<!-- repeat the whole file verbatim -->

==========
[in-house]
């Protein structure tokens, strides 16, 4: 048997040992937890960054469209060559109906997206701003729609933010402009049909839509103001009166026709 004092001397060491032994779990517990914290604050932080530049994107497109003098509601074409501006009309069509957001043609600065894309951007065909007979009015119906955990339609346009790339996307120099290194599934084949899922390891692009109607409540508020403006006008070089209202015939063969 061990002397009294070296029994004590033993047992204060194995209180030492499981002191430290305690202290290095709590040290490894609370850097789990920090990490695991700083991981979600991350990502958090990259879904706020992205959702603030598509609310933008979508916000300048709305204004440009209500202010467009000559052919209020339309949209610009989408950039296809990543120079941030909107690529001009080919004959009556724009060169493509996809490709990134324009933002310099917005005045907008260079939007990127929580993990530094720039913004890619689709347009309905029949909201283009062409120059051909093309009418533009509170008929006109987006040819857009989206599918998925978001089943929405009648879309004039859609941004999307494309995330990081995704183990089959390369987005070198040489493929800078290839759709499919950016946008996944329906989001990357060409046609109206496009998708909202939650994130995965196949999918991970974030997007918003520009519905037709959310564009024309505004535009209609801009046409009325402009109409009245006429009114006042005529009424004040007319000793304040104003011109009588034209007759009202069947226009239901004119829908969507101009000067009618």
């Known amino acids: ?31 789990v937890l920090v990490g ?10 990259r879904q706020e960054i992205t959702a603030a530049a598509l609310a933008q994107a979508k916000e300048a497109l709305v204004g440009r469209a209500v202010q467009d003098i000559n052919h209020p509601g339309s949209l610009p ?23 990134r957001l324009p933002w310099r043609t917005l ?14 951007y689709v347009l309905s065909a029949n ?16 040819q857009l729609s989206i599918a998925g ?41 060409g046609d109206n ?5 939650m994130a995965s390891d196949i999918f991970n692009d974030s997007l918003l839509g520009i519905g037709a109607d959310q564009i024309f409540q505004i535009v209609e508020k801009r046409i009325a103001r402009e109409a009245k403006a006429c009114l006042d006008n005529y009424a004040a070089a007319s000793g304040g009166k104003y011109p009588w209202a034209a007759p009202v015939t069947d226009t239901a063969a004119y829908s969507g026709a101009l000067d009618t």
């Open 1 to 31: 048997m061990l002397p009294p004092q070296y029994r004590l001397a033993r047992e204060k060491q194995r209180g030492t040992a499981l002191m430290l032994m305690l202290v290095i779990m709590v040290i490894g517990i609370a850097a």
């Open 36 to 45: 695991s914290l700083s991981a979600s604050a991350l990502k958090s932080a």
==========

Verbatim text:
[in-house]
């Protein structure tokens, strides 16, 4: 048997040992937890960054469209060559109906997206701003729609933010402009049909839509103001009166026709 004092001397060491032994779990517990914290604050932080530049994107497109003098509601074409501006009309069509957001043609600065894309951007065909007979009015119906955990339609346009790339996307120099290194599934084949899922390891692009109607409540508020403006006008070089209202015939063969 061990002397009294070296029994004590033993047992204060194995209180030492499981002191430290305690202290290095709590040290490894609370850097789990920090990490695991700083991981979600991350990502958090990259879904706020992205959702603030598509609310933008979508916000300048709305204004440009209500202010467009000559052919209020339309949209610009989408950039296809990543120079941030909107690529001009080919004959009556724009060169493509996809490709990134324009933002310099917005005045907008260079939007990127929580993990530094720039913004890619689709347009309905029949909201283009062409120059051909093309009418533009509170008929006109987006040819857009989206599918998925978001089943929405009648879309004039859609941004999307494309995330990081995704183990089959390369987005070198040489493929800078290839759709499919950016946008996944329906989001990357060409046609109206496009998708909202939650994130995965196949999918991970974030997007918003520009519905037709959310564009024309505004535009209609801009046409009325402009109409009245006429009114006042005529009424004040007319000793304040104003011109009588034209007759009202069947226009239901004119829908969507101009000067009618």
């Known amino acids: ?31 789990v937890l920090v990490g ?10 990259r879904q706020e960054i992205t959702a603030a530049a598509l609310a933008q994107a979508k916000e300048a497109l709305v204004g440009r469209a209500v202010q467009d003098i000559n052919h209020p509601g339309s949209l610009p ?23 990134r957001l324009p933002w310099r043609t917005l ?14 951007y689709v347009l309905s065909a029949n ?16 040819q857009l729609s989206i599918a998925g ?41 060409g046609d109206n ?5 939650m994130a995965s390891d196949i999918f991970n692009d974030s997007l918003l839509g520009i519905g037709a109607d959310q564009i024309f409540q505004i535009v209609e508020k801009r046409i009325a103001r402009e109409a009245k403006a006429c009114l006042d006008n005529y009424a004040a070089a007319s000793g304040g009166k104003y011109p009588w209202a034209a007759p009202v015939t069947d226009t239901a063969a004119y829908s969507g026709a101009l000067d009618t």
């Open 1 to 31: 048997m061990l002397p009294p004092q070296y029994r004590l001397a033993r047992e204060k060491q194995r209180g030492t040992a499981l002191m430290l032994m305690l202290v290095i779990m709590v040290i490894g517990i609370a850097a």
């Open 36 to 45: 695991s914290l700083s991981a979600s604050a991350l990502k958090s932080a």